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This question already has an answer here:

scala> class A { type T <: String; def f(a: T) = println("foo")}
defined class A

scala> (new A).f("bar")
<console>:9: error: type mismatch;
found   : java.lang.String("bar")
required: _1.T where val _1: A
             (new A).f("bar")

Class A has an abstract type T, but is not an abstract class. Creating an object of A (as shown) does not define type T.

My first thought was, I am allowed to pass any type as T which is a subclass of String, but I am not. So what type actually is T in the object and what am I allowed to pass through ?

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marked as duplicate by 0__, Daniel C. Sobral, om-nom-nom, sschaef, Nathaniel Ford Jun 13 '13 at 18:00

This question has been asked before and already has an answer. If those answers do not fully address your question, please ask a new question.

up vote 4 down vote accepted

As you say, T in A is abstract; therefore you won't find any value you can put into method f, until you have a subtype of A which actually fixes T.

(new A { type T = String }).f("bar")

The idea is that the type can be successively refined:

trait Var[A] { def get: A; def set(v: A): Unit }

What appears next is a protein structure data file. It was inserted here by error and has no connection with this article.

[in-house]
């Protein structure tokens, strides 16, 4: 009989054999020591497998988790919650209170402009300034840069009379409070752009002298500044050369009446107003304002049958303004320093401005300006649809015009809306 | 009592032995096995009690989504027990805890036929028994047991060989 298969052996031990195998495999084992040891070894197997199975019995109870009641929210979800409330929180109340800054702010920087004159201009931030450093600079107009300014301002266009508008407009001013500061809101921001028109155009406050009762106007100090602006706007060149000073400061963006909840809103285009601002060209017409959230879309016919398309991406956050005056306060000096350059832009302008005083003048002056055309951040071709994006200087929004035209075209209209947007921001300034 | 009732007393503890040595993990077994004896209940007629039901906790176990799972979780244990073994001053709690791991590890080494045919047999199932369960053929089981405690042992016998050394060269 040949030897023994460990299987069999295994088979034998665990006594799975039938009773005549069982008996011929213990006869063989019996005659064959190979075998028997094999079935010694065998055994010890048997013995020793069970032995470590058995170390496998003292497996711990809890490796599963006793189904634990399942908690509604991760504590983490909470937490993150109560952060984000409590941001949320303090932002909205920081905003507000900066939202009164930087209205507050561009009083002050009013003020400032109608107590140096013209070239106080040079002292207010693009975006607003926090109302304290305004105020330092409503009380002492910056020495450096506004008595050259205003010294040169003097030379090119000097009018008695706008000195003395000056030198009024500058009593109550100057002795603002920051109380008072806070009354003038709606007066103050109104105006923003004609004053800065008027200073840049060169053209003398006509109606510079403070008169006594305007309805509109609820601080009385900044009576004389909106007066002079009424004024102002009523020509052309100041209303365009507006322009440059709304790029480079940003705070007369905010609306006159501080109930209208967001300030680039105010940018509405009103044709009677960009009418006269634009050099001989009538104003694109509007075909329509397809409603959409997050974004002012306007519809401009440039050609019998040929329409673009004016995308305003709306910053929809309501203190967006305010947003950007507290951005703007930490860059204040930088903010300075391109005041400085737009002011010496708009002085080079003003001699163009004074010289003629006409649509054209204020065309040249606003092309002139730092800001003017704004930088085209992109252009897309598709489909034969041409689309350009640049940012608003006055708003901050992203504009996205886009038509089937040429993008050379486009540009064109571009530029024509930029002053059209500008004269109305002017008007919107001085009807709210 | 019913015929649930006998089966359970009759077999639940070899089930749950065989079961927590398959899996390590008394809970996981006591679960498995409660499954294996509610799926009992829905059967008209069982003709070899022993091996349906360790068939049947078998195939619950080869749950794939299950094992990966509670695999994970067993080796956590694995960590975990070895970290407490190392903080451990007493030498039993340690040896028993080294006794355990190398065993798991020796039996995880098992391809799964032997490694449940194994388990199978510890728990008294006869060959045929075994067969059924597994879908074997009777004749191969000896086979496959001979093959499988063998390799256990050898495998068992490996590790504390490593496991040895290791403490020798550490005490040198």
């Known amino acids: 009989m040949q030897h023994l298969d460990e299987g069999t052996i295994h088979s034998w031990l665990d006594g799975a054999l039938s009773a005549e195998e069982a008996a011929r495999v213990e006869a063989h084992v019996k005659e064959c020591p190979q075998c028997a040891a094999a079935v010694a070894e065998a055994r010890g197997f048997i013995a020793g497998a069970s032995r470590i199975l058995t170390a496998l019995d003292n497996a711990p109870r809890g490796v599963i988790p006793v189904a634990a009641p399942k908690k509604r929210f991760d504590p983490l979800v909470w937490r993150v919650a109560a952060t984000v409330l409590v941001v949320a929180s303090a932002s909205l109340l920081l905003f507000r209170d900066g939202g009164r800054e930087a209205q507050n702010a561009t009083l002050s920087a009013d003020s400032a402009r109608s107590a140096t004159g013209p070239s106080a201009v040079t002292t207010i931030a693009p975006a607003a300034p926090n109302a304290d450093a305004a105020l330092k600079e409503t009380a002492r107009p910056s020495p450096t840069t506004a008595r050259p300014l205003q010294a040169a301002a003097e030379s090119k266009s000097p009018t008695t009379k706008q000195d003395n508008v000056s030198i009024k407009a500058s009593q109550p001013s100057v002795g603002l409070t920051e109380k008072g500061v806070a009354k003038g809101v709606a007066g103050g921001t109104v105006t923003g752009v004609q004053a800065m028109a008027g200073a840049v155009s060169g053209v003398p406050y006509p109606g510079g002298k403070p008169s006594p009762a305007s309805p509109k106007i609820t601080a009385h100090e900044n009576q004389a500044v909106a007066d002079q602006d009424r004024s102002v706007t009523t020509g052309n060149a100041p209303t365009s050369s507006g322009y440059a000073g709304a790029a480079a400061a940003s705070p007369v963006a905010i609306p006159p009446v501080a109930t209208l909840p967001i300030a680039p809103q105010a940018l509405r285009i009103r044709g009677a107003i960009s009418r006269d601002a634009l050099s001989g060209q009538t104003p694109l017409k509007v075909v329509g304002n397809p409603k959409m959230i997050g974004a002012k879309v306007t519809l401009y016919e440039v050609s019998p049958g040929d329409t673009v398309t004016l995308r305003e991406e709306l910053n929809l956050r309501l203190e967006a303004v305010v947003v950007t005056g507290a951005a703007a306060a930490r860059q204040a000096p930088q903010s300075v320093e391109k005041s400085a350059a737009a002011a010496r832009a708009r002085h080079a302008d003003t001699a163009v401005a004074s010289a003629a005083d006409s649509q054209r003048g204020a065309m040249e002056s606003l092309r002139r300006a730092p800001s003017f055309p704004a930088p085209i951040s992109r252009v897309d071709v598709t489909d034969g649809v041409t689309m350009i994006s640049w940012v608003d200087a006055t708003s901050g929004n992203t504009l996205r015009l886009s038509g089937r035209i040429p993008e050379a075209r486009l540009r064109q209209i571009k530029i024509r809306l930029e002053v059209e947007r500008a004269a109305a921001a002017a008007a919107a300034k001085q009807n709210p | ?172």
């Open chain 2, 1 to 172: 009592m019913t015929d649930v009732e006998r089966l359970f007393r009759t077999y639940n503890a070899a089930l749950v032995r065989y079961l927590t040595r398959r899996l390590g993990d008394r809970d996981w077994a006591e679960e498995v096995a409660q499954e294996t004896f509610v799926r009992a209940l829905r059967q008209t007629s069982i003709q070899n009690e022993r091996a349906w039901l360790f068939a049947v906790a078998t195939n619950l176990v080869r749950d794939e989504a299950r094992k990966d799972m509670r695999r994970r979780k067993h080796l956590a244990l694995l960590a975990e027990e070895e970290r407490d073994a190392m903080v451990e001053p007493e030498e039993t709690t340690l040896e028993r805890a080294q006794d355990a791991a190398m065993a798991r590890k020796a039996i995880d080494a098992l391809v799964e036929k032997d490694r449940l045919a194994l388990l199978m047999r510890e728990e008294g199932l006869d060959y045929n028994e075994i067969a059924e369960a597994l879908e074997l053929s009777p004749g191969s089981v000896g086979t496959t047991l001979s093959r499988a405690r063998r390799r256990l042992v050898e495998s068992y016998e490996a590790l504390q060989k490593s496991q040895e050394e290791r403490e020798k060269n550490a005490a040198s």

trait Sys {
  type V[A] <: Var[A]

  def swap[A](x: V[A], y: V[A]): Unit = {
    val tmp = x.get

trait HistVar[A] extends Var[A] { def created: java.util.Date }

trait HistSys extends Sys {
  type V[A] <: HistVar[A]

  def newest[A](x: V[A], y: V[A]): A =
    if (x.created after y.created) x.get else y.get

But of course you're question is good -- there is no reason why you would want a concrete instantiation of a class whose type parameter is not fixed. I can't think of a case where that makes sense. (Well of course, you could still have functionality that is accessible, if it does not involve type T)

Further searching finds the following, quasi duplicate, SO question. You can find there a reference to a Scala ticket which outlines it as a 'feature' -- still doesn't show a case where this 'feature' is actually useful :)

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